THE RIGHT TO THE UNINSURED: Too bad; sucks to be you

Posted by politicalpartypooper on June 11, 2009

I have a client.  His name is Adam.  He is a 25 year old, diabetic, single man struggling to pay for health insurance.  He has a high deductible health plan, with a $5,000 deductible and twenty percent copay.  A single male without diabetes would pay about $85 per month for that coverage.  Adam pays over $600 per month, and none of his prescriptions are covered.  His income provides him about $1,900 per month.  Before he has paid for groceries or rent, he has spent almost one-third of his pay on health insurance.  He’s falling far behind in his bills, and is worried that he will lose his apartment if things do not change soon.

He has one option available at this point; drop his health insurance.  But if he drops it now, he fears he will never be able to buy it again.

Conservatives say that this is just tough luck; too bad for Adam, sucks to be him.  Unfortunately, in our nation, Capitalism decides who gets health care and who doesn’t.  Health insurers repeatedly raise rates, deny coverage, and spend vast sums of money building buildings, paying executives, lobbying Washington, and mailing endless claim forms to its victims.  Did I mention they also only insure healthy people, unless they are forced to by group coverage?

That’s right.  The Right says that private insurance is the only way to go for this nation; that any public option will stifle competition and place the decision for care in the hands of the government.  But this simply is not true.  In Canada, it is the physicians who decide what course of care is provided.

The Right also says that Public Healthcare is not necessary because most of the people who are uninsured in America are illegal aliens.  Again, not true.  There are sixty million uninsured’s in America, and the Right says that fifteen million of those are illegal’s.  My math deduces that this leaves forty-five million AMERICANS still uninsured.  What about them, you ask the Right?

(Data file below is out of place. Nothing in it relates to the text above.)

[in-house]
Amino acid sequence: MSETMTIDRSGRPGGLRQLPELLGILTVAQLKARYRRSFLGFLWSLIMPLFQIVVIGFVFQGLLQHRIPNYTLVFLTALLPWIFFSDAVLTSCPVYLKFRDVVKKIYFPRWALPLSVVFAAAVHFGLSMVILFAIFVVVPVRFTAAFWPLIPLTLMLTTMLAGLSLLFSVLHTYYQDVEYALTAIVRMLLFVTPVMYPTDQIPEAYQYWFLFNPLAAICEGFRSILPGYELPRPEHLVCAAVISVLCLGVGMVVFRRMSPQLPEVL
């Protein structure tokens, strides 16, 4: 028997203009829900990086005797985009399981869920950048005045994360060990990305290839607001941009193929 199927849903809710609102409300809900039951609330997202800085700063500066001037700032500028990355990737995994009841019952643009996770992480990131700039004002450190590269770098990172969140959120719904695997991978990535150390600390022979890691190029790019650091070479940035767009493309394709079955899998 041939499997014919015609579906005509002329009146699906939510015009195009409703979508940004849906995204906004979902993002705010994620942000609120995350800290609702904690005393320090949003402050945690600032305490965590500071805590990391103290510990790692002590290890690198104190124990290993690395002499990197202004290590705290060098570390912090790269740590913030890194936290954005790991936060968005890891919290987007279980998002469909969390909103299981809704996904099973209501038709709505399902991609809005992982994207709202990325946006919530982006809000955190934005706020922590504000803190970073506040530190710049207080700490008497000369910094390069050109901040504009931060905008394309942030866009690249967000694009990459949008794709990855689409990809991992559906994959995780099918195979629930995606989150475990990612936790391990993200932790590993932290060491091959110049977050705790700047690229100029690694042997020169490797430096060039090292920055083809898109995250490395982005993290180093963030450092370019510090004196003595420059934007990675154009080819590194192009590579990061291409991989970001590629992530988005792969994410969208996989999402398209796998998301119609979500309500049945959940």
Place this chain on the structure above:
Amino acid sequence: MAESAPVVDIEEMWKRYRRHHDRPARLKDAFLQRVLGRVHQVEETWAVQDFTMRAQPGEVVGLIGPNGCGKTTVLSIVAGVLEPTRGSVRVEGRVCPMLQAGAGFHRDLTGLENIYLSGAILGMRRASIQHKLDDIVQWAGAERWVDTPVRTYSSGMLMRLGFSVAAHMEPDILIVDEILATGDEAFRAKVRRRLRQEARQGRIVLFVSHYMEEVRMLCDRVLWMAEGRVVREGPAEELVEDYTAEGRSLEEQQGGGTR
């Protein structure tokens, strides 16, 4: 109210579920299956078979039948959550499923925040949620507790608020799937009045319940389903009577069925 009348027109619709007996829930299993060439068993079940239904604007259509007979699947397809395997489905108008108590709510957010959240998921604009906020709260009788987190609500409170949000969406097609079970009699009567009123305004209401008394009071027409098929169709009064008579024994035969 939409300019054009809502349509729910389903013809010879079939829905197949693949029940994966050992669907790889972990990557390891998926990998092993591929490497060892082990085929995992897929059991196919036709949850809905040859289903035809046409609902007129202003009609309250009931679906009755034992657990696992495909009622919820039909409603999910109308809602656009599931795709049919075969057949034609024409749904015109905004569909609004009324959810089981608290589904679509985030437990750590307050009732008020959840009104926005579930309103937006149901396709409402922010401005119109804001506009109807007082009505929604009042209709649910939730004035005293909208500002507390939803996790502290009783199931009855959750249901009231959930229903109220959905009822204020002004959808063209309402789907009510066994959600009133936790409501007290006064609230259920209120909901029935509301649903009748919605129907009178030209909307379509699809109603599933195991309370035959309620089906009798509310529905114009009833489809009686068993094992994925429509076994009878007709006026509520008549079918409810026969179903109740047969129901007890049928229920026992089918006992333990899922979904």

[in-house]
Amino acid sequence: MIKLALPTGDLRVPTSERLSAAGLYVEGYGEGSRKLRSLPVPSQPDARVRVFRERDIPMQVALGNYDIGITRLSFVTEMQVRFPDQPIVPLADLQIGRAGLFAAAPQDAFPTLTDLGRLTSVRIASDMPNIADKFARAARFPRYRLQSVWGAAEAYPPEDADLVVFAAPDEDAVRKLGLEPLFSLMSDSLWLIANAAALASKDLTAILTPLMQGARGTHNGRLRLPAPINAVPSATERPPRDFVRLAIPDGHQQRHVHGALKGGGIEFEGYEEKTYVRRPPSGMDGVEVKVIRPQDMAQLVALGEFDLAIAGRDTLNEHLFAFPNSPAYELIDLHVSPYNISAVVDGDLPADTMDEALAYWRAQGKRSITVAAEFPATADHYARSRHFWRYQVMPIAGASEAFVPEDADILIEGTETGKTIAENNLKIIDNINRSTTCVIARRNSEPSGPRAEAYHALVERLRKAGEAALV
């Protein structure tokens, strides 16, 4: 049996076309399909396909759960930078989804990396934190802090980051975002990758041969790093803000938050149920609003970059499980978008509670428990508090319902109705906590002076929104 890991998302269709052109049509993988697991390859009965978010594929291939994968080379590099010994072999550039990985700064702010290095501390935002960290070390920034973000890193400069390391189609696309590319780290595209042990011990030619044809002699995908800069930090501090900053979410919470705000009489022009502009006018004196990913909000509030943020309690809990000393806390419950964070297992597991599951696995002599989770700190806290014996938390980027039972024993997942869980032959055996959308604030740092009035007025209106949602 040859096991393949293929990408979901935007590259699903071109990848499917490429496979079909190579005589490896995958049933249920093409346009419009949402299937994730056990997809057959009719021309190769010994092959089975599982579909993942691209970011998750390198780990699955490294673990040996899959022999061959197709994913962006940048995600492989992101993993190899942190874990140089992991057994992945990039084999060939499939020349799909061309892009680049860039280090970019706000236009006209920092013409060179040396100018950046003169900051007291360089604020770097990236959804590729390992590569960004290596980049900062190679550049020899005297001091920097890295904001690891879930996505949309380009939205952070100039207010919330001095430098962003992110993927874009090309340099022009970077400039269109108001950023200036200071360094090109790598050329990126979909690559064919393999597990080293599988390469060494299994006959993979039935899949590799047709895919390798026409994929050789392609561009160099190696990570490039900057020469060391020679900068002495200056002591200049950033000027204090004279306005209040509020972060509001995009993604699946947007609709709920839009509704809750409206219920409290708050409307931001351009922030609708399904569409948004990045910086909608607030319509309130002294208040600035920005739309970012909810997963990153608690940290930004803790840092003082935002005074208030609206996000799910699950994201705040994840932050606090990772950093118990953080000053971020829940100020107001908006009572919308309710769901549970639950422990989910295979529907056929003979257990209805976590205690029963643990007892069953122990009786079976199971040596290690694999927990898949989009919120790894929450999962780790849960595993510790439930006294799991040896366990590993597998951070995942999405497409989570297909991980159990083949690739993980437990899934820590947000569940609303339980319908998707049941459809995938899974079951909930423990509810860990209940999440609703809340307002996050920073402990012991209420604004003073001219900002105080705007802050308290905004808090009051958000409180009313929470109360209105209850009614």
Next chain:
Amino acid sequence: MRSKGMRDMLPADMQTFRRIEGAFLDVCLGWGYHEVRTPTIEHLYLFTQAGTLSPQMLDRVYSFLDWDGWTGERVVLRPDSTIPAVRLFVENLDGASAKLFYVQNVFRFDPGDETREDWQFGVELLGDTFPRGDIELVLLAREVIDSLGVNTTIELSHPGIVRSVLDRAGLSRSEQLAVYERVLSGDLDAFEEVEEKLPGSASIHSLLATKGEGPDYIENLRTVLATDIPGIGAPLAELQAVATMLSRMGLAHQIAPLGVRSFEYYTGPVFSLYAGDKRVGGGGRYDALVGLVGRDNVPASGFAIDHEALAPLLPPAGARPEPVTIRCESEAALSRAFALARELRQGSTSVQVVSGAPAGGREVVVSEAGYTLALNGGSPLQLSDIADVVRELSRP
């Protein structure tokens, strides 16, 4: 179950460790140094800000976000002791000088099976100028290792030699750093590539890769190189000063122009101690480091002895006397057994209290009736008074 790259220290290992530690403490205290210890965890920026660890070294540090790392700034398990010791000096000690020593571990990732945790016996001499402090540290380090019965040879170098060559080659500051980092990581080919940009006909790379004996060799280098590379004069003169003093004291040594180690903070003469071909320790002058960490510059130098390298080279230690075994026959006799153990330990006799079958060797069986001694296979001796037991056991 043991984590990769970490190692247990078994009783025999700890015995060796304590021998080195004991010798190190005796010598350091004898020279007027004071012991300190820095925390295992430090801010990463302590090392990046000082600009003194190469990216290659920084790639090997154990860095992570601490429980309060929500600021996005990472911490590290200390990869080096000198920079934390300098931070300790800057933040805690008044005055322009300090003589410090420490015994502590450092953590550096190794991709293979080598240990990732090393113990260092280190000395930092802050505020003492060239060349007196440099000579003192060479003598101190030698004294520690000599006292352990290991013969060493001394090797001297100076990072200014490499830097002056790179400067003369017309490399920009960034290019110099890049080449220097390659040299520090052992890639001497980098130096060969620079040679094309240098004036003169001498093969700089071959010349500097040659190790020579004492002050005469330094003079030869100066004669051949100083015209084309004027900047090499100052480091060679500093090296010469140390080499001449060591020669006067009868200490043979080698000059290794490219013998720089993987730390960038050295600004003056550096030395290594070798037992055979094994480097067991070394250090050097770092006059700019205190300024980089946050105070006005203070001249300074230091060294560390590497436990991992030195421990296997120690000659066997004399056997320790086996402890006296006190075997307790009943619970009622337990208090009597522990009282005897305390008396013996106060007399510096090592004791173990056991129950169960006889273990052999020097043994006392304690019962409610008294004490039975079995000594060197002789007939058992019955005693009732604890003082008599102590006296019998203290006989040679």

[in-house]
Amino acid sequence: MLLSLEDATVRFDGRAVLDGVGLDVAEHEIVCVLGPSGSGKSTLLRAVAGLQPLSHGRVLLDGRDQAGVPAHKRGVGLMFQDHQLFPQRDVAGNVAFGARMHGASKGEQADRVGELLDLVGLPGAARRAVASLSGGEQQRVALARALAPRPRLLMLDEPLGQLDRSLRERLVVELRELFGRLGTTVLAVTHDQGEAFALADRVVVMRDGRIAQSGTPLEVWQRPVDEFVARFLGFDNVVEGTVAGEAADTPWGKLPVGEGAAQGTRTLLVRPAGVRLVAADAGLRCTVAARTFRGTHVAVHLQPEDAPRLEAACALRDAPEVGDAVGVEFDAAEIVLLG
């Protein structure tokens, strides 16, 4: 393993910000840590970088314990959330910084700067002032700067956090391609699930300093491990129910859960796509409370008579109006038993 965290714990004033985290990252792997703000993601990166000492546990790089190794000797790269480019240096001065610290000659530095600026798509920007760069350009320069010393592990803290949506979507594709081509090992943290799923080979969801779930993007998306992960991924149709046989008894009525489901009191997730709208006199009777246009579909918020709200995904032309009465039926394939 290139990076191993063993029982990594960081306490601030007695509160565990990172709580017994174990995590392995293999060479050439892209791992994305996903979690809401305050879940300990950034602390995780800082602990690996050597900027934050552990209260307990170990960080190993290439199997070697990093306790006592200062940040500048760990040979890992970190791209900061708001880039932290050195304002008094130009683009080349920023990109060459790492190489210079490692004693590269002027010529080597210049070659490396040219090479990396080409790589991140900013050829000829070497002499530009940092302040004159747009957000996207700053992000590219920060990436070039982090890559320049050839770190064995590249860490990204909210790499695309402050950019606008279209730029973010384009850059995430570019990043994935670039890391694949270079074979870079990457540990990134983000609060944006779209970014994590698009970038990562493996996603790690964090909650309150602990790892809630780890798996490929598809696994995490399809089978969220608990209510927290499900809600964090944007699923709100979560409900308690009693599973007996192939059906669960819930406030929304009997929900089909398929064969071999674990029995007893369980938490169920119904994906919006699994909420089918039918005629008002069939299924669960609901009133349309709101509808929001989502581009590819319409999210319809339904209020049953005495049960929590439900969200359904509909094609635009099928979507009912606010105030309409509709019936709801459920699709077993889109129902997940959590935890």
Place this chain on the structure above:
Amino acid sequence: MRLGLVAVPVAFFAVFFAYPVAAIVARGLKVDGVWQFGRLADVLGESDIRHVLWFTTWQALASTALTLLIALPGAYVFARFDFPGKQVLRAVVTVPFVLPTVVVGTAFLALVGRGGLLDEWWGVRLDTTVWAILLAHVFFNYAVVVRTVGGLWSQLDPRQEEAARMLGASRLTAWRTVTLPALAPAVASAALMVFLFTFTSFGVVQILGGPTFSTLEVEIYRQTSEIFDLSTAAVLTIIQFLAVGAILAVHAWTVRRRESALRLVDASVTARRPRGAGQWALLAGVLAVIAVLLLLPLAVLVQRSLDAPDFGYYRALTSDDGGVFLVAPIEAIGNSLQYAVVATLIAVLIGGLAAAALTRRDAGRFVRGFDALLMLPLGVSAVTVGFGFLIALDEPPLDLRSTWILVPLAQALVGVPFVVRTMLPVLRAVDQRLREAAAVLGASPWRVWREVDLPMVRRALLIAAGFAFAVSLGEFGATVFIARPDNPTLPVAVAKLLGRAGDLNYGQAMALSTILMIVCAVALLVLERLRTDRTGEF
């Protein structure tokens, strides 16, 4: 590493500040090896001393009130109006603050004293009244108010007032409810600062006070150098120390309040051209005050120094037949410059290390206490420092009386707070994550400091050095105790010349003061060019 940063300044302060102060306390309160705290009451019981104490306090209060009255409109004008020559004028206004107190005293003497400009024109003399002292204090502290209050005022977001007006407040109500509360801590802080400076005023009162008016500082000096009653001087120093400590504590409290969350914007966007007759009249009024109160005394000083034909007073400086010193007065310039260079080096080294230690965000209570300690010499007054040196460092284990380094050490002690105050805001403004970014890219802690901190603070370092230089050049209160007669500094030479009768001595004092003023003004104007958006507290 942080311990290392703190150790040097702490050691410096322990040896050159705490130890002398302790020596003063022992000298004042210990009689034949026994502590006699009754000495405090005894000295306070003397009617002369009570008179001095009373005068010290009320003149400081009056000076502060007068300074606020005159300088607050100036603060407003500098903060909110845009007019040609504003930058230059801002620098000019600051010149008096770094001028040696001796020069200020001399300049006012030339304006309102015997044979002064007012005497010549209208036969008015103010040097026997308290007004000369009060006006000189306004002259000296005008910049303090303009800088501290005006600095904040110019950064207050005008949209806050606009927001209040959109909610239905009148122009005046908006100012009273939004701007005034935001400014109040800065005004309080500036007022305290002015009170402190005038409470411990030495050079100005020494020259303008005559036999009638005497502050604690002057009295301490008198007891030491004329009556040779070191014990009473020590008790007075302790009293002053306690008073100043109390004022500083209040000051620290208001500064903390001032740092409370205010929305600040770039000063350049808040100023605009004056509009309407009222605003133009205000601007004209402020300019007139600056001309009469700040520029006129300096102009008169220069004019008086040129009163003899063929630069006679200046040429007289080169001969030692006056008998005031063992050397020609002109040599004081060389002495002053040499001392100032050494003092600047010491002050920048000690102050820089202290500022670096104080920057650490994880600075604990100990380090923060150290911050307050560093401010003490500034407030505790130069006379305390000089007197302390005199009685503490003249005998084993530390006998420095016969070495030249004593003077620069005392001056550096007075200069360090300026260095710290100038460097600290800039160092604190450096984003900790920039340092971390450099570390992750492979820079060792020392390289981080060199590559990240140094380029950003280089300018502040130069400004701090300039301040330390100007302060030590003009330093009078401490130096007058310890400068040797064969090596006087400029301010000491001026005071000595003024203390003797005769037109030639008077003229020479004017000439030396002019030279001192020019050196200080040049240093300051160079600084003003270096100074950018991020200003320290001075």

Too bad; sucks to be them.  They should have taken better care of themselves; they shouldn’t smoke, they shouldn’t be poor, they shouldn’t own a business; they should take a low paying job where group insurance is provided.  They should have killed their spouse before she got cancer.  What compassion.

It’s all about perspective.  Small business owners know what it’s like to play the private insurance shopping game.  You get a quote based on a Ken doll health history, and the moment you answer even one question on the application, you are already rated as a higher than perfect risk.  That raises the rates on your coverage even before you’ve received the policy.  And God help you if you have high blood pressure.  It will never be covered, nor will any illness or need that originated with it; which means basically everything, because an insurance company will leap tall buildings to find correlations between your sore back or broken leg and the high blood pressure.  Did you know that people with high blood pressure are more prone to viral infections?  You can bet your insurance company does.